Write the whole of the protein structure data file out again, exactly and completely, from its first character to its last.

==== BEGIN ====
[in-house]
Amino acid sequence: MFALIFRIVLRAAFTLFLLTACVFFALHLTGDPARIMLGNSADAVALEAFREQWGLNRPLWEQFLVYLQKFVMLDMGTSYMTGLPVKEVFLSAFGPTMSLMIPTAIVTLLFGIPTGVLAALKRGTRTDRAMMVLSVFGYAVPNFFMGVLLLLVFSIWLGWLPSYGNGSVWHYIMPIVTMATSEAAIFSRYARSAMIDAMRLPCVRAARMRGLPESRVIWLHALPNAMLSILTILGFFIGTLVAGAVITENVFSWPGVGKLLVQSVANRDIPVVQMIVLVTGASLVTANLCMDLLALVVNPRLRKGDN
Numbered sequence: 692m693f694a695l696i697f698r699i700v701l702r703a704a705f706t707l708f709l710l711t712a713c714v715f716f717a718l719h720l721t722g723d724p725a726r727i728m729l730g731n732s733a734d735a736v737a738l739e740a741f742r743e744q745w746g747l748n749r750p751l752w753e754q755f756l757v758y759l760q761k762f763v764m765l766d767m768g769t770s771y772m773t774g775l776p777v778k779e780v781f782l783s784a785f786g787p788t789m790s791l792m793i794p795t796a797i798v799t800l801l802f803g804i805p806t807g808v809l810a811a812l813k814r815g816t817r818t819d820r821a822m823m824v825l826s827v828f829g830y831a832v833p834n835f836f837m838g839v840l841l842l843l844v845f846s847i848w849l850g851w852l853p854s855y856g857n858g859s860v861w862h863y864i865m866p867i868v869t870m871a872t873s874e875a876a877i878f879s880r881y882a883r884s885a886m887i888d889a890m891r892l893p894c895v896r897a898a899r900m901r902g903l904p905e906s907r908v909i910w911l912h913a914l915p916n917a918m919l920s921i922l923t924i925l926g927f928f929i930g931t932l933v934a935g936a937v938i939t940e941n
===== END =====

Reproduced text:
[in-house]
Amino acid sequence: MFALIFRIVLRAAFTLFLLTACVFFALHLTGDPARIMLGNSADAVALEAFREQWGLNRPLWEQFLVYLQKFVMLDMGTSYMTGLPVKEVFLSAFGPTMSLMIPTAIVTLLFGIPTGVLAALKRGTRTDRAMMVLSVFGYAVPNFFMGVLLLLVFSIWLGWLPSYGNGSVWHYIMPIVTMATSEAAIFSRYARSAMIDAMRLPCVRAARMRGLPESRVIWLHALPNAMLSILTILGFFIGTLVAGAVITENVFSWPGVGKLLVQSVANRDIPVVQMIVLVTGASLVTANLCMDLLALVVNPRLRKGDN
Numbered sequence: 692m693f694a695l696i697f698r699i700v701l702r703a704a705f706t707l708f709l710l711t712a713c714v715f716f717a718l719h720l721t722g723d724p725a726r727i728m729l730g731n732s733a734d735a736v737a738l739e740a741f742r743e744q745w746g747l748n749r750p751l752w753e754q755f756l757v758y759l760q761k762f763v764m765l766d767m768g769t770s771y772m773t774g775l776p777v778k779e780v781f782l783s784a785f786g787p788t789m790s791l792m793i794p795t796a797i798v799t800l801l802f803g804i805p806t807g808v809l810a811a812l813k814r815g816t817r818t819d820r821a822m823m824v825l826s827v828f829g830y831a832v833p834n835f836f837m838g839v840l841l842l843l844v845f846s847i848w849l850g851w852l853p854s855y856g857n858g859s860v861w862h863y864i865m866p867i868v869t870m871a872t873s874e875a876a877i878f879s880r881y882a883r884s885a886m887i888d889a890m891r892l893p894c895v896r897a898a899r900m901r902g903l904p905e906s907r908v909i910w911l912h913a914l915p916n917a918m919l920s921i922l923t924i925l926g927f928f929i930g931t932l933v934a935g936a937v938i939t940e941n